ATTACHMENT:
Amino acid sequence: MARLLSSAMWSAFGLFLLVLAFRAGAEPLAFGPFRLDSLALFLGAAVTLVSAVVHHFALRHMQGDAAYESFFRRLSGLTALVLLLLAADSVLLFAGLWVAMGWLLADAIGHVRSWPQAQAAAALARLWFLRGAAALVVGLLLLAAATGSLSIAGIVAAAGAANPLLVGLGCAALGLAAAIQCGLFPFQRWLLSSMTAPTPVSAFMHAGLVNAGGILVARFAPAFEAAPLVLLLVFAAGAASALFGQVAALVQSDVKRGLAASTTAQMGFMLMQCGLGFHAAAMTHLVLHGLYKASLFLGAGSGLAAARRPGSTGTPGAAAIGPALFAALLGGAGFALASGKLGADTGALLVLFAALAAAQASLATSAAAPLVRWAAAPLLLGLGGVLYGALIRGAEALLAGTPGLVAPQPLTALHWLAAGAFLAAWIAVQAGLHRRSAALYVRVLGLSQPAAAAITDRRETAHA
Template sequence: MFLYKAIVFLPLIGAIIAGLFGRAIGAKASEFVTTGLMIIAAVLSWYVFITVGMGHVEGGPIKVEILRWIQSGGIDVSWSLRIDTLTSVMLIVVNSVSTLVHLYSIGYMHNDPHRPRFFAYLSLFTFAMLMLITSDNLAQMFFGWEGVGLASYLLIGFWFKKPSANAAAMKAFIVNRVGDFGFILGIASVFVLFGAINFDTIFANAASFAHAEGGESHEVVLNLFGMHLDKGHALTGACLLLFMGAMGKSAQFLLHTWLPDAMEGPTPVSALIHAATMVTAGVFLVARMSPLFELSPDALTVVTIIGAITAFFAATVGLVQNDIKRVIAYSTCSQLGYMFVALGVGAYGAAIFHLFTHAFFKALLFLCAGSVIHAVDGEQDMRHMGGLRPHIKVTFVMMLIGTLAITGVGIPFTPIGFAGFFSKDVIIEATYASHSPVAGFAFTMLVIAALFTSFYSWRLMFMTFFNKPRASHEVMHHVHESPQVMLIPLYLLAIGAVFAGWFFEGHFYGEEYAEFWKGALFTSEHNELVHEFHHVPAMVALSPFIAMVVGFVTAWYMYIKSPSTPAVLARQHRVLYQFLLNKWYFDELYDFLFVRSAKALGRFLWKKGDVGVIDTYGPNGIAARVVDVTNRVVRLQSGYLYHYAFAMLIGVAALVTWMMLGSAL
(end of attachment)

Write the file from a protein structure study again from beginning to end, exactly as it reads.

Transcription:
Amino acid sequence: MARLLSSAMWSAFGLFLLVLAFRAGAEPLAFGPFRLDSLALFLGAAVTLVSAVVHHFALRHMQGDAAYESFFRRLSGLTALVLLLLAADSVLLFAGLWVAMGWLLADAIGHVRSWPQAQAAAALARLWFLRGAAALVVGLLLLAAATGSLSIAGIVAAAGAANPLLVGLGCAALGLAAAIQCGLFPFQRWLLSSMTAPTPVSAFMHAGLVNAGGILVARFAPAFEAAPLVLLLVFAAGAASALFGQVAALVQSDVKRGLAASTTAQMGFMLMQCGLGFHAAAMTHLVLHGLYKASLFLGAGSGLAAARRPGSTGTPGAAAIGPALFAALLGGAGFALASGKLGADTGALLVLFAALAAAQASLATSAAAPLVRWAAAPLLLGLGGVLYGALIRGAEALLAGTPGLVAPQPLTALHWLAAGAFLAAWIAVQAGLHRRSAALYVRVLGLSQPAAAAITDRRETAHA
Template sequence: MFLYKAIVFLPLIGAIIAGLFGRAIGAKASEFVTTGLMIIAAVLSWYVFITVGMGHVEGGPIKVEILRWIQSGGIDVSWSLRIDTLTSVMLIVVNSVSTLVHLYSIGYMHNDPHRPRFFAYLSLFTFAMLMLITSDNLAQMFFGWEGVGLASYLLIGFWFKKPSANAAAMKAFIVNRVGDFGFILGIASVFVLFGAINFDTIFANAASFAHAEGGESHEVVLNLFGMHLDKGHALTGACLLLFMGAMGKSAQFLLHTWLPDAMEGPTPVSALIHAATMVTAGVFLVARMSPLFELSPDALTVVTIIGAITAFFAATVGLVQNDIKRVIAYSTCSQLGYMFVALGVGAYGAAIFHLFTHAFFKALLFLCAGSVIHAVDGEQDMRHMGGLRPHIKVTFVMMLIGTLAITGVGIPFTPIGFAGFFSKDVIIEATYASHSPVAGFAFTMLVIAALFTSFYSWRLMFMTFFNKPRASHEVMHHVHESPQVMLIPLYLLAIGAVFAGWFFEGHFYGEEYAEFWKGALFTSEHNELVHEFHHVPAMVALSPFIAMVVGFVTAWYMYIKSPSTPAVLARQHRVLYQFLLNKWYFDELYDFLFVRSAKALGRFLWKKGDVGVIDTYGPNGIAARVVDVTNRVVRLQSGYLYHYAFAMLIGVAALVTWMMLGSAL